FilmLA is reporting that 18 film permit applications are being submitted per day since resuming remote operations on June 15 — about 34% of the pre-pandemic level.
The number of daily applications for location shooting in Los Angeles has risen from the average of 14 it reported on July 1. FilmLA, which closed down in mid-March due to the COVID-19 pandemic, said it has received approximately 577 film permit applications from 422 unique projects since it re-opened, with only 9% of those for film and television projects.
Nearly two-thirds of the applications cover activity in the advertising industry, such as still photography and commercials. The agency said reality TV production has also started to resume but cautions that overall activity will remain low until scripted television and feature production pick up – which is expected in early September.
FilmLA president Paul Audley told Variety that a handful of film and TV projects have been shooting in Los Angeles, recently including pandemic drama “Songbird,” starring K.J. Apa and Sofia Carson with Michael Bay producing. Other features include “The Prom” and “7th & Union.” Reality shows include “Botched” and “The Masked Singer” (for parking), while TV dramas include “Love in the Time of Corona” and stage permits for “Snowfall” and “Big Shot.”
Audley said producers have been compliant with Los Angeles County’s required set safety protocols, known as Appendix J.
“It is not an exaggeration to say that there are few other industries seeking to reopen as responsibly as the film business,” noted Audley. “Hundreds of smaller projects have successfully applied safe set practices as outlined in state and local public health orders. Meanwhile, continuing dialogue between studio and labor representatives is driving focused attention to cast, crew and vendor safety and compliance.”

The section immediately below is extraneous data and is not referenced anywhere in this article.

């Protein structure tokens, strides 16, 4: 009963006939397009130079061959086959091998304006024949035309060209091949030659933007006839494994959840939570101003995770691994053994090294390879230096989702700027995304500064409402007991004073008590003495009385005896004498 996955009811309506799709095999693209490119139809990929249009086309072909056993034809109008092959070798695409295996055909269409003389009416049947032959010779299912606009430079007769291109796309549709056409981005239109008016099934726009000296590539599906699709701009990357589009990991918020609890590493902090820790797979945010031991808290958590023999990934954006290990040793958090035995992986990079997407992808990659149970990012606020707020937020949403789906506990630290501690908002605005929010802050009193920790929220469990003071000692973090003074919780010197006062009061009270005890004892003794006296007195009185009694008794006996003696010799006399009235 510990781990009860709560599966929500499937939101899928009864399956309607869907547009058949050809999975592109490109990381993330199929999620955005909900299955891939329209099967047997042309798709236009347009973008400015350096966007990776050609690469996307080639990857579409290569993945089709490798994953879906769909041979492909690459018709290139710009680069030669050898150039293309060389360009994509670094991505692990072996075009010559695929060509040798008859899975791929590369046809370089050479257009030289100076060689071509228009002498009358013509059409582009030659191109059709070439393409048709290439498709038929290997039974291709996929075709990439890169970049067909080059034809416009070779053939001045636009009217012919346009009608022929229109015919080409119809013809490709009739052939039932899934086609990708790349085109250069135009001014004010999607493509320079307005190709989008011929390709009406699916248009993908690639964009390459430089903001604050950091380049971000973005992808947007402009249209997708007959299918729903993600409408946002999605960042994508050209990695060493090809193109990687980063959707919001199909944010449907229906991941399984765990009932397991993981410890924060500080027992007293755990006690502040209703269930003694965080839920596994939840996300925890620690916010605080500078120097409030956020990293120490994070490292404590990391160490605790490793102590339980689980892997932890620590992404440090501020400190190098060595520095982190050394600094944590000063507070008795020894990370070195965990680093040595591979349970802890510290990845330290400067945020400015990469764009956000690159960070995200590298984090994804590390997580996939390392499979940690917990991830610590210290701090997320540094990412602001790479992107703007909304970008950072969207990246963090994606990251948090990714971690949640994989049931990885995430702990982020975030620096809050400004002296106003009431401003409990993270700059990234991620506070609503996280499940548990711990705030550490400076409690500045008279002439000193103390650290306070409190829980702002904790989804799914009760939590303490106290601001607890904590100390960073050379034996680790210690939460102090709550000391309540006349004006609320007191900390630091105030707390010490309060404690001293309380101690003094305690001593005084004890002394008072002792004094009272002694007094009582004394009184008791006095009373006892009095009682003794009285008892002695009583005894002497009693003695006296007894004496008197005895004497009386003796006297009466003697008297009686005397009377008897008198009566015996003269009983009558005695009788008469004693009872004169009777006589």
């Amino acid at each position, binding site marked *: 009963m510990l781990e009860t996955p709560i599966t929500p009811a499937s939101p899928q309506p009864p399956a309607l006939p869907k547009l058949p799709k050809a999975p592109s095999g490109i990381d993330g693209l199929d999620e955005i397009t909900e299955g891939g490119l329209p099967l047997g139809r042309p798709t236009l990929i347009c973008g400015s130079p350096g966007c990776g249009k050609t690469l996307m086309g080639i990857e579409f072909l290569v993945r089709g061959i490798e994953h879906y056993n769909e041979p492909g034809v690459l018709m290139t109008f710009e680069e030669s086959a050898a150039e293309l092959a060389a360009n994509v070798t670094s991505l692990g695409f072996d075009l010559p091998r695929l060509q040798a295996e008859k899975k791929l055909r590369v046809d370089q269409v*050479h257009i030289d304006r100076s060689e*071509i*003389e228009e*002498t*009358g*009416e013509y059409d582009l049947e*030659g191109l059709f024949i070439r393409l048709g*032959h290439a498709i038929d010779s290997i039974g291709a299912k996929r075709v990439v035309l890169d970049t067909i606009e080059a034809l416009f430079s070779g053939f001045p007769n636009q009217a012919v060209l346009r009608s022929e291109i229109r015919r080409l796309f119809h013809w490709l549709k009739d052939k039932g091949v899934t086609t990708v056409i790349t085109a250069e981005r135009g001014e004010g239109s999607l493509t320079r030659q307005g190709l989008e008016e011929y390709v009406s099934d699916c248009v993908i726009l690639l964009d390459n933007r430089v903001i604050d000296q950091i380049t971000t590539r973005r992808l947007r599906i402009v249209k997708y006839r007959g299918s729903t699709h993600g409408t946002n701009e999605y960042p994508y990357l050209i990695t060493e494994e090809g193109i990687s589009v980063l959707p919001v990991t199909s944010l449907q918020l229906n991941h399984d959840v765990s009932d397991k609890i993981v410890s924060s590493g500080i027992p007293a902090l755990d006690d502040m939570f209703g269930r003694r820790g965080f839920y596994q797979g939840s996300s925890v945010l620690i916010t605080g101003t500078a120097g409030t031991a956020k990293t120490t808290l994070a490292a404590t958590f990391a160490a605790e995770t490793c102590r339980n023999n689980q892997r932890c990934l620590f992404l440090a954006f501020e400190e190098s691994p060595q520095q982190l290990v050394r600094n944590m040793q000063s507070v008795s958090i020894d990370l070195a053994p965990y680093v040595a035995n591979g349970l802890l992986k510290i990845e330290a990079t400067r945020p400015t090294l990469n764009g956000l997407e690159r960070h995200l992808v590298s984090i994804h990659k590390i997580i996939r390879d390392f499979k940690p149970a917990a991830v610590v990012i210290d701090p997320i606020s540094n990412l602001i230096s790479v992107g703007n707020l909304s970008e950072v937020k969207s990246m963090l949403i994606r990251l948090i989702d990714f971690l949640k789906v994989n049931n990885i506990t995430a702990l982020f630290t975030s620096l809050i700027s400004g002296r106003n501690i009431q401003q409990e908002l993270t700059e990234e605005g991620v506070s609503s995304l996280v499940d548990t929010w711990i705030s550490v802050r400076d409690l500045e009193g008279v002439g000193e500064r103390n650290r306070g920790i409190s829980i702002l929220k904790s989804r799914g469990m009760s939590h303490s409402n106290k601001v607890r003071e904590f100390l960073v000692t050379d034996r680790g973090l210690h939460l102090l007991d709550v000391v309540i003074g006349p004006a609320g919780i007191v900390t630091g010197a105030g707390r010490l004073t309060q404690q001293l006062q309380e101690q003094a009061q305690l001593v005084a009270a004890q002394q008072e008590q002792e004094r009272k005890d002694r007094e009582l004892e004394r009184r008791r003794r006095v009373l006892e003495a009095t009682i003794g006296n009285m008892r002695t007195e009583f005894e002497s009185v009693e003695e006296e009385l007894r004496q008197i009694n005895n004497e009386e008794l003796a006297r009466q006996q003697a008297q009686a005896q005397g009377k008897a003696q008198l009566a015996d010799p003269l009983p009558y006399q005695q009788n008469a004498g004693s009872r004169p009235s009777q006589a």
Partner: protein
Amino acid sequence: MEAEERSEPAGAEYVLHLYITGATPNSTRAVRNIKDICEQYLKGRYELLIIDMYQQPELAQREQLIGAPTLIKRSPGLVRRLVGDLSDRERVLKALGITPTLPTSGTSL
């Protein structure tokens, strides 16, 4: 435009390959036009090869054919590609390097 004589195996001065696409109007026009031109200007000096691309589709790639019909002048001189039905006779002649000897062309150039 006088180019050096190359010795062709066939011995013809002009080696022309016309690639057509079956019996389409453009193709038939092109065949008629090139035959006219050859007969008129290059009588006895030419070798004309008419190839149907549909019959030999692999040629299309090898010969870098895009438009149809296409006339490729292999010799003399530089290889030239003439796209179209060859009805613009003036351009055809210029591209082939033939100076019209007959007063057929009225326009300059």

In mid-June, Hollywood’s major unions released extensive back-to-work guidelines for resuming production amid the pandemic, with a heavy emphasis on testing as they unveiled a 36-page report titled “The Safe Way Forward,” although overall agreements with the studios have not yet been hammered out. Around the same time, the state of California gave its blessing for film and TV production to resume, subject to approval from county public health authorities.
Audley said permits are being processed in about two or three days. Half of FilmLA’s staff of 108 was furloughed in early April and Audley noted that the agency has been hit financially by the slowdown since its operating revenues are derived from the permit fees.
He also said the agency has continued to receive occasional reports of illegal filming at the same levels as during pre-pandemic periods. That information is automatically passed on to the Los Angeles Police Department.
“As production continues to pick up, it’s essential that the hosting communities are assured about the industry’s commitment to safety,” added Audley. “Being closed to the public, the physical film production environment is among the safer work settings available to essential workers in California. The presence of a film company, working with a valid permit and adhering fully to County health orders, is something we hope local communities will welcome.”
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